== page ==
To alleviate stress, consider crafting gifts for friends and family instead of buying them. To reduce travel expenses, you might opt for a virtual holiday visit now, reserving an in-person visit for a later, less costly time, or when financial pressures have eased.

When prompted by stressful experiences, the hippocampus signals the hypothalamus and other brain regions to restore balance in your mind. Additionally, the hippocampus plays a role in your adaptation to these stressors by assisting you in learning how to manage your expectations. Ultimately, it’s crucial to remind yourself that the thought behind actions is what matters most.

Some key brain regions involved in restoring balance in the mind. (ttsz/iStock via Getty Images Plus)

Emotions of isolation and loneliness may surface for individuals who lack family or friends to celebrate with or those who are unable to travel to be with their loved ones.

The “default network” of the brain comes into play in situations like these. Comprising brain regions, including the amygdala, this network is engaged in activities such as future planning, reminiscing, and imagining. The amygdala, a component of the limbic system, is linked to the processing of negative emotions in response to stimuli, such as the frustration arising from travel limitations, and influences your reactions.

Research indicates that maintaining a regular exercise routine can contribute to improving mood and reducing feelings of frustration and irritation. Engaging in physical activity serves as an effective outlet for releasing accumulated tension and stress. Furthermore, aerobic exercise has the potential to modulate connections between and within the amygdala, offering relief from depressive feelings.

As an additional benefit, exercising in a gym or park provides an opportunity to be in the company of others, fostering a sense of connection with communities of people who share similar interests.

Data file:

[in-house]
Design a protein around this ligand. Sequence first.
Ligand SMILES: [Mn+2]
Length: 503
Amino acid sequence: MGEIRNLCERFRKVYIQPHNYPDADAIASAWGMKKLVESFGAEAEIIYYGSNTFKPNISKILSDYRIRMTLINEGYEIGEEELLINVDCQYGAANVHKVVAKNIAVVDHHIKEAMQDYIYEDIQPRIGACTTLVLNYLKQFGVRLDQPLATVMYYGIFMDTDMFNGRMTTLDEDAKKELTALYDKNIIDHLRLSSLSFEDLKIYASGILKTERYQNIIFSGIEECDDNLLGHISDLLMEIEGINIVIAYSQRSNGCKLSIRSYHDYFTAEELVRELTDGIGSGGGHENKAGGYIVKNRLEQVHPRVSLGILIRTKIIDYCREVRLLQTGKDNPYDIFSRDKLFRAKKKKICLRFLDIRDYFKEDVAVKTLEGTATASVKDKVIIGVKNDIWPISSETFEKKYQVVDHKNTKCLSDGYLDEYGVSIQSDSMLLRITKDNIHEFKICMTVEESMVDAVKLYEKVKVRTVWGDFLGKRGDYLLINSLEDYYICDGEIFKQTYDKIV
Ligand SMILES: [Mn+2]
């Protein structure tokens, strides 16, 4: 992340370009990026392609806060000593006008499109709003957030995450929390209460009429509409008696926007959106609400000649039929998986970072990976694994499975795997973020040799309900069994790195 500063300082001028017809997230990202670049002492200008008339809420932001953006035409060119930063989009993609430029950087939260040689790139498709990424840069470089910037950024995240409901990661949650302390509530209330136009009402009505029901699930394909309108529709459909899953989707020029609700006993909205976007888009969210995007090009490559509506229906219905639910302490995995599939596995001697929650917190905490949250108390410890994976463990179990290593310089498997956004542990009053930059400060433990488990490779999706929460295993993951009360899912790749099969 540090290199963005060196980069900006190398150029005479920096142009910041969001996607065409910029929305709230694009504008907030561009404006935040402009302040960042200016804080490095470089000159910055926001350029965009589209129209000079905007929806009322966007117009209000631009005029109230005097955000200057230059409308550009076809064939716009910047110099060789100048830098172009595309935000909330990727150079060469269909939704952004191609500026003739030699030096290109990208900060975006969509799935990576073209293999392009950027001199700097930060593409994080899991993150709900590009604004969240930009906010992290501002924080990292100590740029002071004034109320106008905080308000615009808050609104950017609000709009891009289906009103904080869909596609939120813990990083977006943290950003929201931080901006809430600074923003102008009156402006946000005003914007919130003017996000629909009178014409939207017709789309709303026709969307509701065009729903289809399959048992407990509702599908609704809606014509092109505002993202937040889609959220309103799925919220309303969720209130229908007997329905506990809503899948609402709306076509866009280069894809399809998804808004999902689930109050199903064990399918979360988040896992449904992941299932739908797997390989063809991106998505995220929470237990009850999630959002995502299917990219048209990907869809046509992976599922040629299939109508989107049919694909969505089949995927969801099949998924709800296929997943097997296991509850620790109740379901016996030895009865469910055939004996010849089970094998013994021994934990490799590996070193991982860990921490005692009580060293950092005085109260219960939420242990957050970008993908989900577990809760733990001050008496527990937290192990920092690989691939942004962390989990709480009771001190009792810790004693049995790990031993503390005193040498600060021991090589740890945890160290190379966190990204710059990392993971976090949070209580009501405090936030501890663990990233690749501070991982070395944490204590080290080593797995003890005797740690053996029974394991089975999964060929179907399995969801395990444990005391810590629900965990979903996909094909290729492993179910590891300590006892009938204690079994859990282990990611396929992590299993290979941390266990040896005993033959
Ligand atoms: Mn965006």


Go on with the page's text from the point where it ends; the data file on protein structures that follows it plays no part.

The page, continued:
Political discussions

Family gatherings may involve discussions about current events or politics, leading to intense debates and disagreements among family members. These conversations can be highly frustrating and even upsetting, especially in today’s polarized world.

The prefrontal cortex is a region of the brain involved in impulse control, decision-making, and emotional regulation. It plays a crucial role in assessing specific situations, such as intense conversations, helping you evaluate and contemplate potential actions while tempering emotional responses. Understanding the triggers for frustration in these scenarios is essential for developing proactive strategies to manage or avoid them.

For example, this could involve empathizing with the opposing side or taking a step back from the conversation when voices begin to rise or you sense your emotions escalating.

The prefrontal cortex plays a dual role in regulating the interplay between your initial emotional reaction and the transition to your empathetic response. Enhancing your ability to cultivate empathetic perspectives and improve cognitive control contributes to the continued development of your prefrontal cortex, potentially making it easier to de-escalate in similar situations in the future.

One step at a time

Minimizing frustration is a gradual process, and various strategies prove effective for different individuals.

Identifying the underlying cause of your stress and frustration is crucial for developing personalized coping strategies. Examples include pursuing a hobby, enjoying music, taking a walk or run, or practicing relaxation techniques. It’s essential to experiment with different methods and be open to transitioning from those that prove ineffective to those that yield positive results.

Remember that reshaping your brain is a gradual process, akin to a marathon rather than a sprint. It involves trial and error, requiring openness to experimentation. By focusing on recognizing your triggers and adapting personalized coping strategies, improvements are likely to occur over time.

This article is republished from The Conversation under a Creative Commons license.